In 1983, Mary was driving her usual bus route when she noticed that the street was lined with signs that detailed her affair. Clearly, the Circleville Writer had made good on his threat to further expose her. At this point, Mary was no longer embarrassed, but angry. She pulled the bus over and walked towards one of the signs, which was stuck on a fence post. She ripped the sign from the fence, not realizing just how life-threatening an action this was.
The sign was rigged with a booby trap. Below the sign was a small box, inside of which was a pistol with wire connected to the trigger. Had Mary ripped the sign with more force, the trap would have succeeded in killing her. She reported the trap to the police.
The gun’s serial number, which was only partially scratched off, was traced to a man named Paul Freshour, Mary’s former brother-in-law. This was obviously a shocking revelation; Paul had been providing Mary emotional support since the initial letter’s arrival. And it now seemed as though he had been the one tormenting her the entire time.
Paul claimed that the gun had been stolen from him, though he offered no good explanation as to why he didn’t report this. He also took a penmanship test, the results of which were deemed inconclusive. Still, in October of 1983, he was sent to prison for the attempted murder of Mary Gillispie. His sentence lasted 10 years.
The Circleville Letters Continue
With the arrest of Paul Freshour, a burden was lifted from the town of Circleville. Residents could finally live their lives without the nuisance of drama related to Gillispie. However, the letters didn’t cease. Paul even received a cryptic letter of his own.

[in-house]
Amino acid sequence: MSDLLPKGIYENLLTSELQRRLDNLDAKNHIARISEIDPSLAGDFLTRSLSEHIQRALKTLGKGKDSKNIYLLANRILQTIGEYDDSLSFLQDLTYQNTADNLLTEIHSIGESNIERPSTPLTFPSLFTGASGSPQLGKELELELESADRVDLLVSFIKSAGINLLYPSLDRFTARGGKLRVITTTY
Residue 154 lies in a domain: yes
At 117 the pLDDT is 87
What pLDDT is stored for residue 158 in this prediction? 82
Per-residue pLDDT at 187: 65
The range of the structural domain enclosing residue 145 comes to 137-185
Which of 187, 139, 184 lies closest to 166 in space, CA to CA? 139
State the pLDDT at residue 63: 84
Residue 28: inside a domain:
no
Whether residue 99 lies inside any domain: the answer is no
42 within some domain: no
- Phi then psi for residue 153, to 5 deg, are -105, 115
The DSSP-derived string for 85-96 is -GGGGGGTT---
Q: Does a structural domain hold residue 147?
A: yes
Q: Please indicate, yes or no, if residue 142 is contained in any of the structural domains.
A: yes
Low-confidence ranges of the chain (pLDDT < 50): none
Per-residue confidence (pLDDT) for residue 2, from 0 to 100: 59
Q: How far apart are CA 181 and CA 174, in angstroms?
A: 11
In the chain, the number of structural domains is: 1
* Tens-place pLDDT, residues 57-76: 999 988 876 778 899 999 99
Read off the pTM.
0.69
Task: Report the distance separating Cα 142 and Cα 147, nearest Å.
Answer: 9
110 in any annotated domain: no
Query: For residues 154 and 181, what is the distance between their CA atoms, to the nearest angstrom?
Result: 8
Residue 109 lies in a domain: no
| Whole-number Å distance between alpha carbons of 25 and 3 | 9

“Are you going to believe you aren’t getting out of there?” it read. “I told you two years ago, when we set ‘em up, they stay set up. Don’t you listen at all? No one wants you out. No one. The joke is on you. Ha ha.”
Despite this, Paul served the remainder of his sentence, maintaining his innocence throughout. It wasn’t until his release in 1994 that the letters abruptly stopped.
Even though the Circleville letters continued after Paul’s arrest, those interested in the case have a hard time accepting that he was completely innocent. The fact that he didn’t report a supposedly stolen handgun is–to put it bluntly–sketch. He died in 2012, taking with him any additional information he had on the case.
Many suspect that the Circleville Writer was comprised of multiple people, just one of whom was Paul Freshour. Other suspects include Paul’s wife Karen Sue (Ron’s brother) and a co-worker of Mary’s who was reportedly infatuated with her.
The Circleville Writer’s motives are even more mysterious than their identity. Had Mary truly been having an affair with Gordon Massie, it’s possible that the Writer was simply “seeking justice” for Ron (albeit in a terrible way). However, the suspicious circumstances surrounding Ron’s death seem to implicate the Writer’s involvement. Obviously, the Writer had an unhealthy obsession with the Gillispie family, and it is nothing short of a miracle that none of the children were harmed.
With Ron, Paul, and Mary all dead, much of the mystery of the Circleville letters is simply left to speculation. What’s your theory?